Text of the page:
Under the False Claims Act, it is considered unlawful for businesses or practitioners engaged in the healthcare field to engage in incentivized financial relationships with one another. The concept, often referred to as an illegal kickback, is considered unlawful due to the ‘taint’ it places on the doctor-patient or manufacturer-consumer relationship. More specifically, the False Claims Act – and the accompanying statute known as the Stark Law – forbids engaging in these financial arrangements when the subject of the incentive is a recipient of Medicare or Medicaid. If these patients are found to be involved in a kickback scheme, the involved parties could face significant penalties, including exclusion from Medicare and Medicaid programs.
In today’s case, we look at an arrangement discovered between Medco, which is a subsidiary of the pharmaceutical distribution company known as Express Scripts, and several brand name pharmaceutical companies, including Astra Zeneca.[1. “‘Disguised’ discounts lead Medco to settle false claims allegations.” May 29, 2015. http://www.lexology.com/library/detail.aspx?g=48457db3-1c9c-45f3-913b-88a83d7791c9]
Medco agreed to settle the False Claims Act lawsuit for $7.9 million and has not admitted liability in the matter.
Details of the False Claims Act lawsuit against Medco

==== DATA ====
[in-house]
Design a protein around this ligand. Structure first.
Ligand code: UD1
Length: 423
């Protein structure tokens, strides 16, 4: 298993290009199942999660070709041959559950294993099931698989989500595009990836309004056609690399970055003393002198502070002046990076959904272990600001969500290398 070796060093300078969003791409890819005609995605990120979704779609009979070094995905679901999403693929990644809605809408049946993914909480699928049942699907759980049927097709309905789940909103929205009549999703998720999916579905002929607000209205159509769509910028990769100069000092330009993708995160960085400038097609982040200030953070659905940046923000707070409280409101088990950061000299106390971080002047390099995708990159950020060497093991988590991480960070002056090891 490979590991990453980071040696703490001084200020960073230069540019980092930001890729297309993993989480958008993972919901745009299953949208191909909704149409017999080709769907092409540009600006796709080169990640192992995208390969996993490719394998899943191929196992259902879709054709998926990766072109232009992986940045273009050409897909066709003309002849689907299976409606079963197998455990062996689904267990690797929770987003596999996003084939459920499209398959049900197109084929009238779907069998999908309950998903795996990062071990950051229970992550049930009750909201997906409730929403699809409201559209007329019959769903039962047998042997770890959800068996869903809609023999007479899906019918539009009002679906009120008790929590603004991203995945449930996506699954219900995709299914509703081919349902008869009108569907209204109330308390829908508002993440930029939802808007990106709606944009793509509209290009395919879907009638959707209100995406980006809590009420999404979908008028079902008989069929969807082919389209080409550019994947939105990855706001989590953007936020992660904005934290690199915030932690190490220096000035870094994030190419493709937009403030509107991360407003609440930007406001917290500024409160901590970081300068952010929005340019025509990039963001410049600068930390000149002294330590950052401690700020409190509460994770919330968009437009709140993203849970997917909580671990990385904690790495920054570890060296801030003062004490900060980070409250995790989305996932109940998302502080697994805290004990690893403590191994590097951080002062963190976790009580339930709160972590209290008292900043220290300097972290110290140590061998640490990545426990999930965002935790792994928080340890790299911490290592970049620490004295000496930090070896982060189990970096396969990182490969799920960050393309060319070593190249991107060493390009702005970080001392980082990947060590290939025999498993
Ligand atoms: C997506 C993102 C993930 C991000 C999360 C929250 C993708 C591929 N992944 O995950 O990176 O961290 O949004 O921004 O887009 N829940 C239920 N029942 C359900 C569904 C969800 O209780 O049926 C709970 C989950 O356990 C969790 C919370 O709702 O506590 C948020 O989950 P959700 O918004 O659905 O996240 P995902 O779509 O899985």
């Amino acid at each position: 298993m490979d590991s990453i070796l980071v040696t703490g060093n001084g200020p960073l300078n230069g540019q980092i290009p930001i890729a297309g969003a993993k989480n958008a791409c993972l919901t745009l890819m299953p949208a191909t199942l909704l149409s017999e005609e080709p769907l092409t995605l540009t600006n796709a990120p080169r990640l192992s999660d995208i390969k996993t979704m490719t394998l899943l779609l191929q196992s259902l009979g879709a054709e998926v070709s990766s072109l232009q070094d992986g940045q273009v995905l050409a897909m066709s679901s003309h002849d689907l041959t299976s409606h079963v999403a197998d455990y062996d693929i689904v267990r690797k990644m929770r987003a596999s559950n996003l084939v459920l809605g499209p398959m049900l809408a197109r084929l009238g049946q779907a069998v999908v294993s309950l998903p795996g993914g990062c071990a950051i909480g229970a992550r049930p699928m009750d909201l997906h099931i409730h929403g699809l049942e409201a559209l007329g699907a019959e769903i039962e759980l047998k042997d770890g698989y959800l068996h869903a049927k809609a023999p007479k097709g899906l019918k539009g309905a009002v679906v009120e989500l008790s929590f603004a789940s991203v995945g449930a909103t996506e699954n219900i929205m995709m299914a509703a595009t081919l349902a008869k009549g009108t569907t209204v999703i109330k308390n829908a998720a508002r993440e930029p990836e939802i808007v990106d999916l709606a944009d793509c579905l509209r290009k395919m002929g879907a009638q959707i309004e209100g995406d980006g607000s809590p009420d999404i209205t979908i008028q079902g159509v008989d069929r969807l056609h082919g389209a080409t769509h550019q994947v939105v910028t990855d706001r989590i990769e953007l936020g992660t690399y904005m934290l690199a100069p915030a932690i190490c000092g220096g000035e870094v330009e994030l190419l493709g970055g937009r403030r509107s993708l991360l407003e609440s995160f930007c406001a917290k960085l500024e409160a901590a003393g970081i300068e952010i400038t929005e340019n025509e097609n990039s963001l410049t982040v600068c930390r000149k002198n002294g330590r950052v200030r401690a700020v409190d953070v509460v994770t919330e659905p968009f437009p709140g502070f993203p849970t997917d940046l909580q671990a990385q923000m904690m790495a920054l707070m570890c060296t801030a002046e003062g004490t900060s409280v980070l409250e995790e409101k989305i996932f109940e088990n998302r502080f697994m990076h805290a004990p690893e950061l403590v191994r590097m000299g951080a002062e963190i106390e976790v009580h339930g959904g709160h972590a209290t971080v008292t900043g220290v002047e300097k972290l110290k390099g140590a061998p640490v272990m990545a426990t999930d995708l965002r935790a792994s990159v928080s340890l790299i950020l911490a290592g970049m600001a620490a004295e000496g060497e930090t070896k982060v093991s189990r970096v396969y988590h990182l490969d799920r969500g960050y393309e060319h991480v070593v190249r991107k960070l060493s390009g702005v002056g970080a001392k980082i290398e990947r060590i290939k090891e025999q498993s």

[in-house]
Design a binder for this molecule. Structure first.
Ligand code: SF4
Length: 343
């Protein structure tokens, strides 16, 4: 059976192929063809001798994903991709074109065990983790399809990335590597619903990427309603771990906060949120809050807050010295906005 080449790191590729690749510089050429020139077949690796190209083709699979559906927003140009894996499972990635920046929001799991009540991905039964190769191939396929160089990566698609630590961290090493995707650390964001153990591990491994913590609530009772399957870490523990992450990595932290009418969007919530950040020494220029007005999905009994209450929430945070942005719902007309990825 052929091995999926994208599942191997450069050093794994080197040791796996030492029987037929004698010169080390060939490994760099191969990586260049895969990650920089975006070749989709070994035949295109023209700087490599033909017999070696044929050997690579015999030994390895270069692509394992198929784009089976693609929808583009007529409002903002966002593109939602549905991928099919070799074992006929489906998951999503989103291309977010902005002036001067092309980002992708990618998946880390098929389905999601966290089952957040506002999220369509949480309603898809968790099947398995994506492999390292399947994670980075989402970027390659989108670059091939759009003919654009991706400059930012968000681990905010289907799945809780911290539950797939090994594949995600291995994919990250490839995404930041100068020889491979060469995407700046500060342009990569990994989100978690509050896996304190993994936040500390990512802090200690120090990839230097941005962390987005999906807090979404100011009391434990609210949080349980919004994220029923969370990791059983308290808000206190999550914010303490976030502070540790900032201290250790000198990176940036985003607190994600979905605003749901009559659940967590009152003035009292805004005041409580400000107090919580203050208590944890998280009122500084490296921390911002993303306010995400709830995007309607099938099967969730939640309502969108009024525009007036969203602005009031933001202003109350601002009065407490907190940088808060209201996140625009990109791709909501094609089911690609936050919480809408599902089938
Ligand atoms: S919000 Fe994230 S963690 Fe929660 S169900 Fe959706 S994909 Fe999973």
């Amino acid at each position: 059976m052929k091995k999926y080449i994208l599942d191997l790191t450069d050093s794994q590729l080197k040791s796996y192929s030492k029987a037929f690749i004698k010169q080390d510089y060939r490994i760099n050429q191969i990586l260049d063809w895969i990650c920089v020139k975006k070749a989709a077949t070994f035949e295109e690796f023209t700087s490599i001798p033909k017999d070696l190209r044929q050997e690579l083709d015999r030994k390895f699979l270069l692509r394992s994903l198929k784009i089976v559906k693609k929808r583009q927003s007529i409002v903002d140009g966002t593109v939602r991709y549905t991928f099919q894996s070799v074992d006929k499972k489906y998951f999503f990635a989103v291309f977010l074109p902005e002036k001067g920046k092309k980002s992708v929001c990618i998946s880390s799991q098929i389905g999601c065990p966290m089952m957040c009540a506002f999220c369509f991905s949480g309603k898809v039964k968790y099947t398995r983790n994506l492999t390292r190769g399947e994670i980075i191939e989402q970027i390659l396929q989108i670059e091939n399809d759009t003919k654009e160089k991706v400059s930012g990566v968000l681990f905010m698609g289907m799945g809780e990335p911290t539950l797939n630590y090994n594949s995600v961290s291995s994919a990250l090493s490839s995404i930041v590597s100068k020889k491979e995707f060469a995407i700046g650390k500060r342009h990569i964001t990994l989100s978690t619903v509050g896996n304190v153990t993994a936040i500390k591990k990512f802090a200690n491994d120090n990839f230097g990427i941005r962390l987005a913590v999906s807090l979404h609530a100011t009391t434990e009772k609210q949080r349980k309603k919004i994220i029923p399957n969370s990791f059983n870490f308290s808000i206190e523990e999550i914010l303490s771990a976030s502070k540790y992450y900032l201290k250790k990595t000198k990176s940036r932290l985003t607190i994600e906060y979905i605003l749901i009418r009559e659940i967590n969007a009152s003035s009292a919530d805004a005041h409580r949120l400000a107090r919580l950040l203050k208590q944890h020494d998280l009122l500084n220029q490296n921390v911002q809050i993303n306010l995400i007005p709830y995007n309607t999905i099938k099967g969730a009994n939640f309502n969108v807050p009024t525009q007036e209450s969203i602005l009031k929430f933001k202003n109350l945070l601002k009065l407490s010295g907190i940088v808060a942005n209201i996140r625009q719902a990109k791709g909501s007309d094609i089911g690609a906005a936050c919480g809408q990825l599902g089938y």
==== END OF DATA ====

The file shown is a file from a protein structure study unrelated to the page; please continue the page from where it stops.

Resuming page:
The case against Medco was commenced by two former executives of Astra Zeneca. In their lawsuit, the plaintiffs alleged that Astra Zeneca “knowingly solicited and accepted illegal in-kind value payments” from Medco in exchange for Medco’s promise to place the blockbuster drug Nexium in a “preferred position” in its hierarchy of formularies. In reality, Astra Zeneca is believed to have offered “deep discounts” on the Nexium “Purple Pill,” which were disguised and accounted for through the use of price concessions with other Astra Zeneca products.
According to the allegations, Medco was offered a $40 million payout from Astra Zeneca as long as it promised to promote Nexium over other similar medications. Instead of accepting the lump sum, Medco is alleged to have accepted discounts on the purchase price of other drugs from Astra Zeneca, including Prilosec, Toprol XL, and Plendil.
How it amounts to a false claim
At first blush, the arrangement may seem like nothing more than a prudent business deal between two pharmaceutical companies. However, the arrangement undoubtedly places a strain on resources reserved for Medicare and Medicaid, as pharmaceutical companies are required to offer government programs the same discounts on drugs as offered to the general public. More specifically, Medco is alleged to have underreported the best possible price for Nexium in light of the extensive disguised discounts offered on the drug. More succinctly, Medico is alleged to have “circumvent[ed] its best price obligations for Nexium and maintain Nexium’s profitability at government expense.”
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